Inland Manufacturing M1 Carbines– Rebirth of an Old Name

in Sam Trisler
Like I said, the appeal of the historical is the entire drive behind the new Inland brand.

Like I said, the appeal of the historical is the entire drive behind the new Inland brand.

History buffs and reenactors take note–Inland Manufacturing has announced the launch of their new incarnation of the old M1 Carbine line. That is right, I said Inland. But this is not the former division of General Motors that is known for its war time production of American arms. This is a new company with new production firearms.

Inland will be making two models: a straight stocked and a paratrooper with a folding stock. The two carbines are outfitted like the late war models with adjustable sights, push button safety and the mag catch that supports the 30 round magazines. The Paratrooper has the correct barrel band without the bayonet lug. The standard model has the later style with the lug. We recently had the chance to see both models side-by-side with original Inlands, and we had to get in close to tell the difference.

Over all the two examples we were able to handle looked great and held up when next to the originals. The stampings are even close to correct with a few minor differences that were chosen to stop the new Inlands from being mistaken for originals. Take a look at the photos and see for yourself. Inland was kind enough to supply us with some of their images as well. They also promised us a review gun, so stay tuned for that. The MSRP will be around $1000. More info will be available soon from MKS Supply.


In the right light, the new production stocks are easier to identify.

In the right light, the new production stocks are easier to identify.


At heart, it is a true historical piece. But you can shoot it all you want.

At heart, it is a true historical piece. But you can shoot it all you want.



The wood has a slightly aged patina.

The wood has a slightly aged patina.


Twins? Not exactly, but you have to look close.

Twins? Not exactly, but you have to look close.



Side by side with an original. Apologies for the poor lighting.

Side by side with an original. Apologies for the poor lighting.


Fit and finish are what you'd expect for this price range.

Fit and finish are what you’d expect for this price range.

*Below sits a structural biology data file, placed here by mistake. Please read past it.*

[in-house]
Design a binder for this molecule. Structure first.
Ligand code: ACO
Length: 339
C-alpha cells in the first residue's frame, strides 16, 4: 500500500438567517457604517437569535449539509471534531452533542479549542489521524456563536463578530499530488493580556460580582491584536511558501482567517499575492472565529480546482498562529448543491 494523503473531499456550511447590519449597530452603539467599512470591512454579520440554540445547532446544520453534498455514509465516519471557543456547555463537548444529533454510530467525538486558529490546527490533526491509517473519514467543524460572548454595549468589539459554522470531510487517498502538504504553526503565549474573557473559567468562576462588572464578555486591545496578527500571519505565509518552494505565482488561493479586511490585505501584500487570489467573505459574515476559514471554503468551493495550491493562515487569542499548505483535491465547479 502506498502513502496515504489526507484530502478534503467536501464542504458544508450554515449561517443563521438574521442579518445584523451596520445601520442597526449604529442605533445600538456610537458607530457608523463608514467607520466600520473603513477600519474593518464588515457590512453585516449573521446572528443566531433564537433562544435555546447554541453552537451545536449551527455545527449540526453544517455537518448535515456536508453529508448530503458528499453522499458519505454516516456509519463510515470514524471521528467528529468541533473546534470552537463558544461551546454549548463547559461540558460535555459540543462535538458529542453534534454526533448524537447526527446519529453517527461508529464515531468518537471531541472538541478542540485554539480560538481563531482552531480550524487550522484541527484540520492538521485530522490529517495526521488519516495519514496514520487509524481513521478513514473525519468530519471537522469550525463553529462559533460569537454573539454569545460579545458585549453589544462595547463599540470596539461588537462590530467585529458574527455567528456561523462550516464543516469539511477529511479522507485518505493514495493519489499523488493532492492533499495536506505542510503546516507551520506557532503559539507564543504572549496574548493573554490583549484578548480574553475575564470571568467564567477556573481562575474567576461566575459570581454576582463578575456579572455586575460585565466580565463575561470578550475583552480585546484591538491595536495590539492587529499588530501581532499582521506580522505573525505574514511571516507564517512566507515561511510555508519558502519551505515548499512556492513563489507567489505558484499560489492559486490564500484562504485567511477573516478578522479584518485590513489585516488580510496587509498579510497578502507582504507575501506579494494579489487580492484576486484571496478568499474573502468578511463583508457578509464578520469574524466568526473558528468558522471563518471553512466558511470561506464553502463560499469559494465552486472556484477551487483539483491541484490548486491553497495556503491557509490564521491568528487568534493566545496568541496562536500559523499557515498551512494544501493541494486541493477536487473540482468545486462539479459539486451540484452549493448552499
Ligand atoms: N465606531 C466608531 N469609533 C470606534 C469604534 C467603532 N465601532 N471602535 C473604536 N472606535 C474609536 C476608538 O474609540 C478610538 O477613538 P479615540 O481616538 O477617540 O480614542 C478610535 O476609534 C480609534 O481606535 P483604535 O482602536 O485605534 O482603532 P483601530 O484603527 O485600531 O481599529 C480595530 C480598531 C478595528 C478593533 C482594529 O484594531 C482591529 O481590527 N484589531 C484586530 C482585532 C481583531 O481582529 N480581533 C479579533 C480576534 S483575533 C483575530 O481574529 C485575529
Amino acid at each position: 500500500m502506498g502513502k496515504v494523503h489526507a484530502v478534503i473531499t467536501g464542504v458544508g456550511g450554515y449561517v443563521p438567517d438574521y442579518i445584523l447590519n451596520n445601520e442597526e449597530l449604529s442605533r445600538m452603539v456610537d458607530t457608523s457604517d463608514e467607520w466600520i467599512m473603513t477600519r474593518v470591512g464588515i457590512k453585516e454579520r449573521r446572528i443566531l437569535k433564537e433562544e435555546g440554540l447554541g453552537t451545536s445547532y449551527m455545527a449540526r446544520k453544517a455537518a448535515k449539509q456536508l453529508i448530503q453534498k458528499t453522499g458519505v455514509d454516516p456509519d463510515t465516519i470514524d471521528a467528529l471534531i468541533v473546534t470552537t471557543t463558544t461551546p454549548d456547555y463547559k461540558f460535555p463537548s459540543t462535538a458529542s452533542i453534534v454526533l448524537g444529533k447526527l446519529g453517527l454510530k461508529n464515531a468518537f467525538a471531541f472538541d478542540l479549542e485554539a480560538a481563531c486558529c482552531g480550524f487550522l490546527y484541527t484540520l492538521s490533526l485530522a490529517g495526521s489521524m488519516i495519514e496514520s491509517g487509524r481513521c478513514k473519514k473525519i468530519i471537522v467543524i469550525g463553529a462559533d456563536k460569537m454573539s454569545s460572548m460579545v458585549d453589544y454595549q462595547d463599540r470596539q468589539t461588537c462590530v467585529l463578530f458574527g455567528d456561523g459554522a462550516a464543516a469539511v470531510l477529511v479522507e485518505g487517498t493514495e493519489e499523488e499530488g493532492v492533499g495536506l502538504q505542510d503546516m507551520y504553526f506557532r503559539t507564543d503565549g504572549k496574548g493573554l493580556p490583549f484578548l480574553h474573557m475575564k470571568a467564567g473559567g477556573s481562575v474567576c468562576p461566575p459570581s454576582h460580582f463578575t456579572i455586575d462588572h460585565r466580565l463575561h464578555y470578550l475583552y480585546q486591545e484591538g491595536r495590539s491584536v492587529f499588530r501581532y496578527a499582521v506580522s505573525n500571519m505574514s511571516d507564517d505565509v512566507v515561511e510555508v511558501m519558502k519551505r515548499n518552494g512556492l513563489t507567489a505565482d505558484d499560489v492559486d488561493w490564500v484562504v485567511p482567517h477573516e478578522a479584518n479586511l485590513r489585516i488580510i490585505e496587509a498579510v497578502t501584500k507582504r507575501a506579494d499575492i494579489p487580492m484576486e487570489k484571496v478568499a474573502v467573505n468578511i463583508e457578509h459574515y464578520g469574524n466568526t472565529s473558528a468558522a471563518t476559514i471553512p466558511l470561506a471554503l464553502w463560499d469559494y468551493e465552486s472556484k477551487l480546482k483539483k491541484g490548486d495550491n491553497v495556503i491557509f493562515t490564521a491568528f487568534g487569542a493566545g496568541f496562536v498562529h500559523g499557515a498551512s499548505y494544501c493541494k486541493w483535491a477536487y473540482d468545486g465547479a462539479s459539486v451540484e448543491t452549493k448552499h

We'll have a review gun in soon, and put it through its paces.

We’ll have a review gun in soon, and put it through its paces.

[/one_half][one_half_last]Inland 077[/one_half_last]

[one_half]Inland 080[/one_half][one_half_last]Inland 081[/one_half_last]


They don't look exactly like new production would have in 1945.

They don’t look exactly like new production would have in 1945; they look more like closet classics.


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  • Robert Brady [email protected] April 21, 2019, 6:20 am

    My Dad bought my first m1 carbine when I was 14 yrs old. That was 47years ago ! I can not wait to get my hands while of the ones you have build ! Please let me down when and where I can get one ?

  • Patrick Nelson June 28, 2016, 2:34 pm

    Beware!! It took me several months to find a new Inland M-1 with the bayonet lug. When I final found one and bought it, the first thing I noticed was that my mil-spec Camillius M-4 bayonet would not lock on. It fit my old carbines just fine. Next was a trip to the range where I tried 3 different types of factory ammo and 4 different magazines (one was a WWll Inland) and could not fire more than 3 or 4 rounds without jamming. Sent my rifle back to Inland for warranty repair. Finally called them after a couple weeks and talked to a guy who said he was their head gunsmith. He said he fired my rifle 150 rounds without a single jam. He then said he couldn’t fix the bayonet lug location unless I sent him a bayonet. I should have known I was in trouble when he couldn’t explain to me what mil-spec meant. He said he sent me a video of my gun firing, but I was never able to get it to open on my computer or my smartphone. I told him to send my non-working rifle back to me and I would fix it myself. Lousy customer service, non mil-spec rifle, and was told to use lousy Mexican Aguilla ammo to make it work. Beware.

    • Don Dimmick October 21, 2016, 2:01 pm

      I am having very similar results with my Inland Mfg .30 carbine. I bought one in June 2016. I don’t have a bayonet setup so that part is OK.
      I was unable to fire more than 2-3 rounds before it would jam or fail to fire. I returned it for warrantee repair and after a few calls back and forth they assured me it was fixed. They also told me to use Aquila ammo. When it came back it seemed to be improved and I let the matter drop. I did not have the opportunity to fire the gun again for several months . When I did fire it again it was jamming, failing to fire and failing to extract worse than ever. I tried it with 4 different brans of 110 gr fmj ammo and none worked. I just today sent it back for another warrantee repair. I told them if they could not fix it to RELIABLY function that I will require them to refund my purchase price.